in the recent World Championship in Buenos Aires, its seventh world title in a
row, was overshadowed by the sorry news on the final day of the tournament that
Great Britain's leading pair, Terence Reese and Boris Schapiro, had been
accused of cheating. Although both Reese and Schapiro have emphatically denied
the charges, British Captain Ralph Swimer, on hearing the evidence, conceded
his team's matches against Argentina and the U.S.
What follows are
firsthand reports by two men who were involved, John Gerber, captain of the
U.S. team, and Mr. Reese, one of the world's great players.
My part in the
drama in Buenos Aires began on Friday afternoon, May 21, when B. Jay Becker, a
member of my team, told me that he had strong reason to believe that the
leading British pair, Terence Reese and Boris Schapiro, were cheating. Becker
had become suspicious of the British pair early in the week and had spoken
about the matter to his partner, Dorothy Hayden, and to Alan Truscott of The
New York Times.
Britain had just
started the day's play against Italy, and fortunately Reese and Schapiro were
in the pit, a playing area surrounded by a temporary grandstand. It was the
only spot where the players could be seen in action. The other three tables of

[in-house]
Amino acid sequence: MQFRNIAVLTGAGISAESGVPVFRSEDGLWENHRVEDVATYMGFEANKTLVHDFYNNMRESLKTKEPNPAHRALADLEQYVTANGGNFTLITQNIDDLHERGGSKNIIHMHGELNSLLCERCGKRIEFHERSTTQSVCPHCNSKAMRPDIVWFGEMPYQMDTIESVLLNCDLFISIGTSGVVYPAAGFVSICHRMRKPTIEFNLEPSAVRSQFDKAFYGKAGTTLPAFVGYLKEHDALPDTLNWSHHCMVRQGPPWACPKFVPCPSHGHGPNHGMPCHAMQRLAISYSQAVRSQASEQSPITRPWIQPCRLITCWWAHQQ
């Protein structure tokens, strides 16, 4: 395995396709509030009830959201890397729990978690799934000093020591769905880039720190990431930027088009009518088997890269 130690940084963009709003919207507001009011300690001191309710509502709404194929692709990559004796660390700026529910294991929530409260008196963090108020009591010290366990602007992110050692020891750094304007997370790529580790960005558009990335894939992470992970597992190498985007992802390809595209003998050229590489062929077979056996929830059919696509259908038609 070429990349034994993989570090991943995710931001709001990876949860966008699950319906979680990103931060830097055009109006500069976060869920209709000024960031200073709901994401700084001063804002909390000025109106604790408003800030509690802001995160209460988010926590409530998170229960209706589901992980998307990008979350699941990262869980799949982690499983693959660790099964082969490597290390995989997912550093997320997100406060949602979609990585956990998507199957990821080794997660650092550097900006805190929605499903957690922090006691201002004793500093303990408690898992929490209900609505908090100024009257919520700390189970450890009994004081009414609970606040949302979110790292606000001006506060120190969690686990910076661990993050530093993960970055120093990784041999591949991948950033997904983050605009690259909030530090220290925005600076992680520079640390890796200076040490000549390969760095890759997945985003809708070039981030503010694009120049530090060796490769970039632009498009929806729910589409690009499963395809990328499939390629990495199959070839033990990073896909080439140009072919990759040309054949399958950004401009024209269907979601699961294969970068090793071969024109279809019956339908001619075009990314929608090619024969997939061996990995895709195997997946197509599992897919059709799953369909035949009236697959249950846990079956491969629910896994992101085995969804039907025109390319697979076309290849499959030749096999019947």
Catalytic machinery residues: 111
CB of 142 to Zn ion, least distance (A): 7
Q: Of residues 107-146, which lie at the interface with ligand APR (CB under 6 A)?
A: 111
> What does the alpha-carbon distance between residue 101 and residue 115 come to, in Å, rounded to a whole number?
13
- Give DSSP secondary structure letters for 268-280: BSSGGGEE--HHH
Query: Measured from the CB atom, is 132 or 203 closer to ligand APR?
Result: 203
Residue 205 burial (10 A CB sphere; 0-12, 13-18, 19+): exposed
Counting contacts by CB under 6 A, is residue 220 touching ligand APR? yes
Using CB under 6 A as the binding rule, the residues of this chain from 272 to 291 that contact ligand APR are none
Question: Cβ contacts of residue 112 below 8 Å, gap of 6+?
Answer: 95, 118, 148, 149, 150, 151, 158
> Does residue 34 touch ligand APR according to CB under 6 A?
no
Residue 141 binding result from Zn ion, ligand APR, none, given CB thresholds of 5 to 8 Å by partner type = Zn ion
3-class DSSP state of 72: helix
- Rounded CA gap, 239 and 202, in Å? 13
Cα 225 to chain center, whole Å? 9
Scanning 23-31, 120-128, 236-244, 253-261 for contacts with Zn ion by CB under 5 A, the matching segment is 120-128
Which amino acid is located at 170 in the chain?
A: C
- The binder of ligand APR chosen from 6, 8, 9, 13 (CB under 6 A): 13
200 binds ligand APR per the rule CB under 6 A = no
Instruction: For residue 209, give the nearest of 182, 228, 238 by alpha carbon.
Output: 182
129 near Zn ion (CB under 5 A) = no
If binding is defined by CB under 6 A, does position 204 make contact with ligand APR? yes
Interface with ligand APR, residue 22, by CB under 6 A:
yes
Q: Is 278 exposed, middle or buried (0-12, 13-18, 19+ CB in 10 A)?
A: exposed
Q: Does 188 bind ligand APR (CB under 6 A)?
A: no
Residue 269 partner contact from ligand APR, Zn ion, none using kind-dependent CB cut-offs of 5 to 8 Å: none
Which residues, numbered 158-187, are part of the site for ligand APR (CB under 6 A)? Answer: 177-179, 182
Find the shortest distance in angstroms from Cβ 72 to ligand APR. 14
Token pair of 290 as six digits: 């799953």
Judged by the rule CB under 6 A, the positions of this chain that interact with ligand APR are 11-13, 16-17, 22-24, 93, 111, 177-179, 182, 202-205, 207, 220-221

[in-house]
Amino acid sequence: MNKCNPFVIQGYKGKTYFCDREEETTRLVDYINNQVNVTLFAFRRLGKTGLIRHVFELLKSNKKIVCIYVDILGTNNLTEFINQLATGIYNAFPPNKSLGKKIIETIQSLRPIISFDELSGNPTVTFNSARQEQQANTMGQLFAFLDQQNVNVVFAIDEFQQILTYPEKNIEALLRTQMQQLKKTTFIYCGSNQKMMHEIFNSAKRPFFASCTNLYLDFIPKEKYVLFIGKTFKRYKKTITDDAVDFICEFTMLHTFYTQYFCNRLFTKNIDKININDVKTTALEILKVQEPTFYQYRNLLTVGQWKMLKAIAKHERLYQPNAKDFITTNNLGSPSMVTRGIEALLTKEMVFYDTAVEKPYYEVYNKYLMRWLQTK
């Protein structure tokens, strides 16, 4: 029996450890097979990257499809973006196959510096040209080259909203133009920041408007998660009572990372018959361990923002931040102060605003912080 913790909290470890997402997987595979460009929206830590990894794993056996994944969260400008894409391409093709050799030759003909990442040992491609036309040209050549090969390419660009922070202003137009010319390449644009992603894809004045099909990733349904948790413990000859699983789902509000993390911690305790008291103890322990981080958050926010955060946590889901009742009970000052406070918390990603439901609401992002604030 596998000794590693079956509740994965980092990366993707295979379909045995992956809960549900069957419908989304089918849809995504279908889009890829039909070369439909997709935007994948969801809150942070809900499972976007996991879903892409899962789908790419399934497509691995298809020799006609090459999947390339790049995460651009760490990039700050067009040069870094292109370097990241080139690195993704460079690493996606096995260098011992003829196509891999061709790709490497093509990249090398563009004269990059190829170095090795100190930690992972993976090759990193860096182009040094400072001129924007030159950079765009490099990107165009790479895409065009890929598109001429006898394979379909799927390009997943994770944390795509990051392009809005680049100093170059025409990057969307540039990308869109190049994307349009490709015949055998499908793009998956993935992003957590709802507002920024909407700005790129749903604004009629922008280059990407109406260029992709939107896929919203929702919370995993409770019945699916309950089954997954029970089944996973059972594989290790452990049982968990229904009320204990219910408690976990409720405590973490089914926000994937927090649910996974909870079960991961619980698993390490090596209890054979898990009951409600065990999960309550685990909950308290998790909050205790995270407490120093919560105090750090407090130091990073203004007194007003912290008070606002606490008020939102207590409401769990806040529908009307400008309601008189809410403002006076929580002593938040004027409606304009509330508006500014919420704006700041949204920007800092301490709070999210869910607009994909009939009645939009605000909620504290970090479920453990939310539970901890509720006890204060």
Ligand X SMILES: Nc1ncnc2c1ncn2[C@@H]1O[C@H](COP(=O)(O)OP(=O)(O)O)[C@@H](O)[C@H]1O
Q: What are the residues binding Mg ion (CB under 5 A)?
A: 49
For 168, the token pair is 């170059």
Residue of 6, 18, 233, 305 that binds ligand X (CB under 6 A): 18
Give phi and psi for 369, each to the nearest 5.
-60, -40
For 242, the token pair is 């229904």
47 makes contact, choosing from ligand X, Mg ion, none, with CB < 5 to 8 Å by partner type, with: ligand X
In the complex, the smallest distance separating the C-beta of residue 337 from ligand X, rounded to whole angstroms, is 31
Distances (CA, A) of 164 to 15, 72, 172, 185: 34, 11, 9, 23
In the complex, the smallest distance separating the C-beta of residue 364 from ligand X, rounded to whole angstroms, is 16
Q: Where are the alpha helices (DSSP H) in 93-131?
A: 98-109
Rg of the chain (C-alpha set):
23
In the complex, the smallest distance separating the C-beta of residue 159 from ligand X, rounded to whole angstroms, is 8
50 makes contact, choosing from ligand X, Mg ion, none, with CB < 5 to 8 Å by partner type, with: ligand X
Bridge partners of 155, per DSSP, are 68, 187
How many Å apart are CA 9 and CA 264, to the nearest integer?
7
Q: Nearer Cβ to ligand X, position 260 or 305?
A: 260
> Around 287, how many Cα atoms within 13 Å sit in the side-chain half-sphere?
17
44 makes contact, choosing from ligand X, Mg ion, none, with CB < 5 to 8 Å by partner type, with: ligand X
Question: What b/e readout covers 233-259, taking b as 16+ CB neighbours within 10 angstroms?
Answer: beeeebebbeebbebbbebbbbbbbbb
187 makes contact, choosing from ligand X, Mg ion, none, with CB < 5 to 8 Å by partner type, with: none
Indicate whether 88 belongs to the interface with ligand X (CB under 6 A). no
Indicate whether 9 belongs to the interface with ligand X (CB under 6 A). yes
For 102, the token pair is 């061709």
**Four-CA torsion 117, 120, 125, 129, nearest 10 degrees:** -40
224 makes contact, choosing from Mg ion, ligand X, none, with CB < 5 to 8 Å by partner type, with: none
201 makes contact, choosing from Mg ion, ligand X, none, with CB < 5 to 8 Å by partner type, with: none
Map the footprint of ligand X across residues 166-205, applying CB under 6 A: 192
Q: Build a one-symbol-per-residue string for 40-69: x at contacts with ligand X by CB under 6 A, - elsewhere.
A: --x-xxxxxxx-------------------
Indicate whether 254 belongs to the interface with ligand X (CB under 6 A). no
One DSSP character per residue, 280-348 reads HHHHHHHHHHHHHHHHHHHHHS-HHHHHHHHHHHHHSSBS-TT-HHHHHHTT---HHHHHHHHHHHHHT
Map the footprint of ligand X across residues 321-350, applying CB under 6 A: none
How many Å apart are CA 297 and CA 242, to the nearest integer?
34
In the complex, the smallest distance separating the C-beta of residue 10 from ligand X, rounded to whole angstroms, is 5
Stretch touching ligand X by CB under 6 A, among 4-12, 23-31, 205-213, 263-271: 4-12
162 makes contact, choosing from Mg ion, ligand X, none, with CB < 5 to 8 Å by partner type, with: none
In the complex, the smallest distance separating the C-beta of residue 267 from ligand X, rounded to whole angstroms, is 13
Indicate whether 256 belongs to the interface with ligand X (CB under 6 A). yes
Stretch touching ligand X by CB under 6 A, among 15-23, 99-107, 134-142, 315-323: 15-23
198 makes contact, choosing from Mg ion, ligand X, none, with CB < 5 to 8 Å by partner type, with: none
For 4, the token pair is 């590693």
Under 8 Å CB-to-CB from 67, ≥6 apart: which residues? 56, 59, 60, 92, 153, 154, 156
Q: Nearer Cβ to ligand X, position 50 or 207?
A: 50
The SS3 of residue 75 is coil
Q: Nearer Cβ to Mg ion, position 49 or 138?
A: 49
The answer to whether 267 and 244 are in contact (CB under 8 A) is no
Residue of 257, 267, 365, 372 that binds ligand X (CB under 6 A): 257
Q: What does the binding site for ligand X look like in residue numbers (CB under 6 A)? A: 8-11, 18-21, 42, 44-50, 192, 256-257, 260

play were closed to the public.
After I had
watched a few deals I was convinced that Reese and Schapiro were "playing
piano," using a scale of four notes. On every deal they would put one, two,
three or four fingers firmly behind their cards, in full view of each
As captain of the
U.S. team, I clearly had to report these facts to Robin MacNab and Waldemar von
Zedtwitz, president and president emeritus of the American Contract Bridge
League. Both men watched Reese and Schapiro play and observed the finger
signals in action.
On a series of
five deals I noted on the back of a scorecard the number of fingers shown by
each player. Later I found that Mrs. Hayden had kept a similar record, which
covered almost all the deals in the session of play. Subsequently this record
proved to be of great significance, although at the time we had no idea what
these figures could mean.
During the second
afternoon session Reese and Schapiro did not play together, but that night they
did, not in the pit but in one of the closed rooms. Von Zedtwitz had the right
to enter the closed rooms, and again he watched the signals in operation.
At 9 a.m. the
following morning I had a call from Truscott, who told me that the code had
been broken, and half an hour later he was in my room with a full explanation.
At 4 a.m. he had gone to an all-night restaurant with Becker and Mrs. Hayden,
and together they had compared the finger movements as noted by Mrs. Hayden
with the official records of the deals being played at the time.
The key to the
code was the heart suit. Whenever a player held one heart, one finger was
showing. When he held two hearts, two fingers were showing, and similarly with
three and four hearts. Two fingers spread meant five hearts, three fingers
spread indicated six, and so on.